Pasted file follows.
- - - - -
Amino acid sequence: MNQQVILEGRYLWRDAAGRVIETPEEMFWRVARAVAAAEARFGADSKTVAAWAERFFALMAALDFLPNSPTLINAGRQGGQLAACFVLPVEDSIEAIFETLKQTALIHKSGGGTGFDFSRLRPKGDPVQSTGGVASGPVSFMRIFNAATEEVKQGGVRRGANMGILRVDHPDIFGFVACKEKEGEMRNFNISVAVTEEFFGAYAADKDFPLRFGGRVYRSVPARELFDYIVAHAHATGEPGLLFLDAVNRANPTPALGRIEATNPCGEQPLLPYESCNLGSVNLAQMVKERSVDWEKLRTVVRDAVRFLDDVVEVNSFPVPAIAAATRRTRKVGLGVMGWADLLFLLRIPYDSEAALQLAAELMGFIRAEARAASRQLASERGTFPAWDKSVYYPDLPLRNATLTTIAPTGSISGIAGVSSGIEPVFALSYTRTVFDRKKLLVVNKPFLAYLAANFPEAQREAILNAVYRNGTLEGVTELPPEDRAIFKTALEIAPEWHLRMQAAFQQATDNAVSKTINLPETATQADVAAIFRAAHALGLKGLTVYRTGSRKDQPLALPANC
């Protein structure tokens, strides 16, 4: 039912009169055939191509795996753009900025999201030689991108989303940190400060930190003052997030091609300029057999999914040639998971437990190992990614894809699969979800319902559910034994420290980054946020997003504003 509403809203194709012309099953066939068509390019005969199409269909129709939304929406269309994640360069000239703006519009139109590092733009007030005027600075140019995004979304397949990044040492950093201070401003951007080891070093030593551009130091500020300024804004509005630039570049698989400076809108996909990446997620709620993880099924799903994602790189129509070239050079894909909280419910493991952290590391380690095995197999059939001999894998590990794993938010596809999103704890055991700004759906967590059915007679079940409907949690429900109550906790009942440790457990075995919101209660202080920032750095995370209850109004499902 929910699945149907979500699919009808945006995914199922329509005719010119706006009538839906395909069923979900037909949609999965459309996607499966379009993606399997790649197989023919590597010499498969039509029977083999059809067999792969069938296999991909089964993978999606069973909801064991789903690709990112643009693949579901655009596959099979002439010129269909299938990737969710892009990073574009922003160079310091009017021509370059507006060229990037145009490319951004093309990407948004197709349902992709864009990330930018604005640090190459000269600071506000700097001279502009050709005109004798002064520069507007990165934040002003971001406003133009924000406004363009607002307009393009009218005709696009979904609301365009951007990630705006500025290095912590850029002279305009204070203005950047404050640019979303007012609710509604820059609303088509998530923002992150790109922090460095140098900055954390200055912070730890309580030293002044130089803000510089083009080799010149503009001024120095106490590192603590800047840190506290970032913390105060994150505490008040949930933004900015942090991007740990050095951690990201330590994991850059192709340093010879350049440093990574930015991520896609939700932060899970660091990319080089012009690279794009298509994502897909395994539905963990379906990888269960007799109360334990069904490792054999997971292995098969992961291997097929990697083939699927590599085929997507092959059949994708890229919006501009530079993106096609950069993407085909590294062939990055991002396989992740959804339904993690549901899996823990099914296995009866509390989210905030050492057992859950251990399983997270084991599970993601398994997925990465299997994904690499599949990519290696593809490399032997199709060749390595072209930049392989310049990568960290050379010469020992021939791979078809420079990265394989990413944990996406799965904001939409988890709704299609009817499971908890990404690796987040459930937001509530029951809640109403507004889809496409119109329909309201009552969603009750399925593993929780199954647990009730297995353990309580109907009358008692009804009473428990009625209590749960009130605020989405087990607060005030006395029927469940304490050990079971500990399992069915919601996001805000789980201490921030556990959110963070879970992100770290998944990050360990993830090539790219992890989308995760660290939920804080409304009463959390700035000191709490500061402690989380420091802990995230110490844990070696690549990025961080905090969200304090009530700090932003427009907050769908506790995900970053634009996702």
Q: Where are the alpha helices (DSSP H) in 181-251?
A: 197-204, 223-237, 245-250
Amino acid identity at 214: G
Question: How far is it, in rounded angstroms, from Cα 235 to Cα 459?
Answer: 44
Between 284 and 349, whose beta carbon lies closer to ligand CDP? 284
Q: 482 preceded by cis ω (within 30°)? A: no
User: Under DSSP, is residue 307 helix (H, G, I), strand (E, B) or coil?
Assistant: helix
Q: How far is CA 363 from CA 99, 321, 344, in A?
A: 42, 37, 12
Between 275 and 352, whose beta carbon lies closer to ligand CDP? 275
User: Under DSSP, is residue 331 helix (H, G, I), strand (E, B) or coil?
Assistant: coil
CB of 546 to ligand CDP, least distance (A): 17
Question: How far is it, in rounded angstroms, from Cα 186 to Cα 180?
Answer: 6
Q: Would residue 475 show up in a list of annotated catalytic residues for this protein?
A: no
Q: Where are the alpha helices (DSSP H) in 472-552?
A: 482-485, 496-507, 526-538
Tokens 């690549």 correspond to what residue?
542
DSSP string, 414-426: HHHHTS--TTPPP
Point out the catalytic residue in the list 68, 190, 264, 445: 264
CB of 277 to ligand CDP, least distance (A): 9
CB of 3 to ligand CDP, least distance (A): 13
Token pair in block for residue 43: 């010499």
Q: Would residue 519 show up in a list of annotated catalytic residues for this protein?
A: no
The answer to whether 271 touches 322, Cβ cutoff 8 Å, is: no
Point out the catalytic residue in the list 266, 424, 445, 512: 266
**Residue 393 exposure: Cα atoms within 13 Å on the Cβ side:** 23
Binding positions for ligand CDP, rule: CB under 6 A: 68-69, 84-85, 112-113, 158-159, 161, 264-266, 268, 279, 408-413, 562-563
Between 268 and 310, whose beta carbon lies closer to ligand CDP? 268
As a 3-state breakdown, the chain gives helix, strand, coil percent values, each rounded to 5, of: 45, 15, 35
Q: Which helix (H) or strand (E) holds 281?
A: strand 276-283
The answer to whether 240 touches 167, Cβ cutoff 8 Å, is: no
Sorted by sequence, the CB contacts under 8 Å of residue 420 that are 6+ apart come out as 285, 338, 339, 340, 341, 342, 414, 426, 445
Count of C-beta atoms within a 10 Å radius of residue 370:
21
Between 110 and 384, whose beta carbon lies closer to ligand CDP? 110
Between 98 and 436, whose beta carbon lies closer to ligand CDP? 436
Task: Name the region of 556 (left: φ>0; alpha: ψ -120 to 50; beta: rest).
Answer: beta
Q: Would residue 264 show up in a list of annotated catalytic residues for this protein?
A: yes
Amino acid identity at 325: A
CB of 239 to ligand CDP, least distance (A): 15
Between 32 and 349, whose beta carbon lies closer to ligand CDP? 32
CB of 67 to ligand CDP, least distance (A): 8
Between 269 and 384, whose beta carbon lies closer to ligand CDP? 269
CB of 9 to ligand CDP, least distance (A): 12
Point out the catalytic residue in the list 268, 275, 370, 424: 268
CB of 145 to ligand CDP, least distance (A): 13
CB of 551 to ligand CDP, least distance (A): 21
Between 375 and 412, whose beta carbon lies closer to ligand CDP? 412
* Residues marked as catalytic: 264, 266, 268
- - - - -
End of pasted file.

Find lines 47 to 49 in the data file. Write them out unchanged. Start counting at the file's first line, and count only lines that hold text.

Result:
Task: Name the region of 556 (left: φ>0; alpha: ψ -120 to 50; beta: rest).
Answer: beta
Q: Would residue 264 show up in a list of annotated catalytic residues for this protein?